Turns out The Limited’s pop-up store at 134 Spring Street has some staying power — its brief run, from Oct. 14 to 17, has been extended to Dec. 28. “The results of the first four days encouraged us to extend the life span of the pop-up store,” said Linda Heasley, chairman and chief executive officer. The pop-up reintroduced the brand to New Yorkers, who haven’t had a Limited store in Manhattan since 1999. Bestsellers included infinity scarves in all colors as well as sweaters and a number of dramatic necklaces. The shop sold out of dog sweaters, graphic Ts, fake leather trapunto bomber jackets and several dress silhouettes. In addition to giftable items for the holidays, the store in December will preview items from the spring collection.

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SHIP AHOY: Louis Vuitton has confirmed the lineup of the Louis Vuitton Trophy regatta, which will run in Nice, France, Nov. 7 to 22. The sailing teams to race will be Franco-German All4One, the host team of the event; Italy’s Azzurra; BMW Oracle Racing for the U.S.; Emirates Team New Zealand; Swedish Challenge Artemis; Synergy Russian Sailing Team; U.K.’s Team Origin, and Team French Spirit. The Louis Vuitton Trophy in Nice is the first event inspired by the Louis Vuitton Pacific Series in Auckland, New Zealand, earlier this year.

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A GRAND IDEA: Parisian landmark Grand Palais — the venue for Chanel fashion shows and major antique and art fairs — has been chosen as the party spot to fete the much-awaited lingerie collaboration between Sonia Rykiel and H&M, WWD has learned. The one-off collection, which will go on sale Dec. 5 in 1,500 H&M stores worldwide as well as Rykiel boutiques, will be launched at a party on Dec. 1 in the glass-domed Art Nouveau hall.

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BOTTOM’S UP: Not since the days of Henry Kissinger rolling into town from Harvard University has Washington gotten such a kick of adrenaline from the Cambridge establishment. Only this time, instead of ushering in a new world order, the Harvard campus served up a cadre of nearly naked, glitter-covered dancing boys from the American Repertory Theater. The occasion was the Harman Center for the Arts’ tribute, directed by Michael Kahn, to Shakespeare’s “A Midsummer Night’s Dream,” complete with cinema clips of a 15-year-old Mickey Rooney performing in Max Reinhardt’s 1935 movie version of the play, and Rooney himself, who, for a while, refused to cede the stage to award winner Sir Ian McKellen. Meanwhile, conductor Lorin Maazel, 79, stopped by to plug his summer music festival at Castleton Farms in rural Virginia before heading off to rescue the Boston Symphony Orchestra. “James Levine fell ill, and I’m on the next plane to Boston to help fill in,” said Maazel, who left the New York Philharmonic at the end of June and is now scheduled to return to the podium Oct. 30 to Nov. 7 to lead the Boston orchestra in Beethoven Symphonies Nos. 6, 7, 8 and 9, including performances of Beethoven’s Sixth and Seventh symphonies at Carnegie Hall in November. “The last thing I want to think about is the Beethoven Cycle. I’m supposed to be on vacation,” said Maazel, adding that from New York, he’s off to Europe to conduct London’s Philharmonia Orchestra and the Vienna Philharmonic.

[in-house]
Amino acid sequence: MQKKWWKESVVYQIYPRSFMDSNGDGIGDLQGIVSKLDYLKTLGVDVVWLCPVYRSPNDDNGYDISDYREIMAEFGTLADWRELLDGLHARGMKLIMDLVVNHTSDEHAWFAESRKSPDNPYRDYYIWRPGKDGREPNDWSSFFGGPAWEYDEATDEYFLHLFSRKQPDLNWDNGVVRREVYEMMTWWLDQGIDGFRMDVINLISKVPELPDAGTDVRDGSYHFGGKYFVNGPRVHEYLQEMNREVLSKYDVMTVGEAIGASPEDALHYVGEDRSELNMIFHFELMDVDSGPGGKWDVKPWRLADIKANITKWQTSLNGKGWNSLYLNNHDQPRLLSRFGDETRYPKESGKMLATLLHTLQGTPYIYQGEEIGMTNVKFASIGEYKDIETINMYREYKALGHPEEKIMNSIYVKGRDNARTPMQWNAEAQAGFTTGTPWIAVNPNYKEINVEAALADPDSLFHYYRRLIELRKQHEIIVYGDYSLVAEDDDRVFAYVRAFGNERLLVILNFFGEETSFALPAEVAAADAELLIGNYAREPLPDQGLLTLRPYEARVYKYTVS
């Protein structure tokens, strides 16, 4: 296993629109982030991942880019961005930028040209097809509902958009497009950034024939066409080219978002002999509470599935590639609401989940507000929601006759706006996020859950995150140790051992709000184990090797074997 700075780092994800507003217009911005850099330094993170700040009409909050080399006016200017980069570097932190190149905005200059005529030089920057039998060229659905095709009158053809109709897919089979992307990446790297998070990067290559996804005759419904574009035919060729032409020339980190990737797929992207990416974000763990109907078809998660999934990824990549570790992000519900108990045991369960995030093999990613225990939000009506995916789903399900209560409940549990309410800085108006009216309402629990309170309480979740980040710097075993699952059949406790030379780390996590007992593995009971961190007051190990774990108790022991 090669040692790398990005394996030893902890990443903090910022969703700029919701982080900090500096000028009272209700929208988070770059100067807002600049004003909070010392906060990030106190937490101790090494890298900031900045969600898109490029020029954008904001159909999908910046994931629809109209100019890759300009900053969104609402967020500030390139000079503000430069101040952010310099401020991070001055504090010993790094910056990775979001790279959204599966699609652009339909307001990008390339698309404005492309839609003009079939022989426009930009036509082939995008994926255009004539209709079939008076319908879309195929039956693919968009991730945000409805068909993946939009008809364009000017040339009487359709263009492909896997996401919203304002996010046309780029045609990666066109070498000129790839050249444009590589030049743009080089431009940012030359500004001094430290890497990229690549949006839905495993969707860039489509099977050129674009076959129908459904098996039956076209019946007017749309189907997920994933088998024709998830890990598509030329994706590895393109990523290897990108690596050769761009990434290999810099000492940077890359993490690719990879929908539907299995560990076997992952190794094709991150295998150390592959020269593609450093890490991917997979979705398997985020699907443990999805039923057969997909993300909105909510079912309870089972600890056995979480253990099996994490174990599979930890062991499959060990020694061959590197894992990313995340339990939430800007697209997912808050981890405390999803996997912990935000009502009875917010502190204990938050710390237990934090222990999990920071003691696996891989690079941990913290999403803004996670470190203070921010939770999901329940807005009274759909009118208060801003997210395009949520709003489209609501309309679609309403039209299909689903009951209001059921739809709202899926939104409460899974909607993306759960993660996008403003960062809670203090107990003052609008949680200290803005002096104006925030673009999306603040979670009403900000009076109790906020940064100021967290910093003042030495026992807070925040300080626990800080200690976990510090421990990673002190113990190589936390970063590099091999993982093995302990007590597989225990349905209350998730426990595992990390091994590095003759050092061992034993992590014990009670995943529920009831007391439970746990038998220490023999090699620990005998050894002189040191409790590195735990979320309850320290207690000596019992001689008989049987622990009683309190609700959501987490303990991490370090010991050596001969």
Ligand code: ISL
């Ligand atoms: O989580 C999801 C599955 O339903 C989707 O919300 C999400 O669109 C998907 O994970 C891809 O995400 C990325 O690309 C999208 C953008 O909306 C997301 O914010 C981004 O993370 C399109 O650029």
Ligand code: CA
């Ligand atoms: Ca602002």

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FAMILY ACT: Demi Moore and Ashton Kutcher are set to make their debuts on the Great White Way together in “The 24 Hour Plays on Broadway” on Nov. 9 at the American Airlines Theatre. The married couple is slated to co-star with Jennifer Aniston, Eva Mendes, Rosario Dawson, Liev Schrieber, Emmy Rossum, Billy Crudup, Julia Stiles and Rosie Perez in the show, which is sponsored by Montblanc. In total, 24 actors, six writers, six directors and two musical guests will write, rehearse and perform six original plays in the span of 24 hours. One writer will be chosen from an online competition, also sponsored by Montblanc, at Talenthouse.com. The 24 Hour Plays concept was originated by Tina Fallon in 1995, and since then, several hundred short plays have been created and produced at festivals and theaters around the world. This latest Broadway version will benefit the Urban Arts Partnership.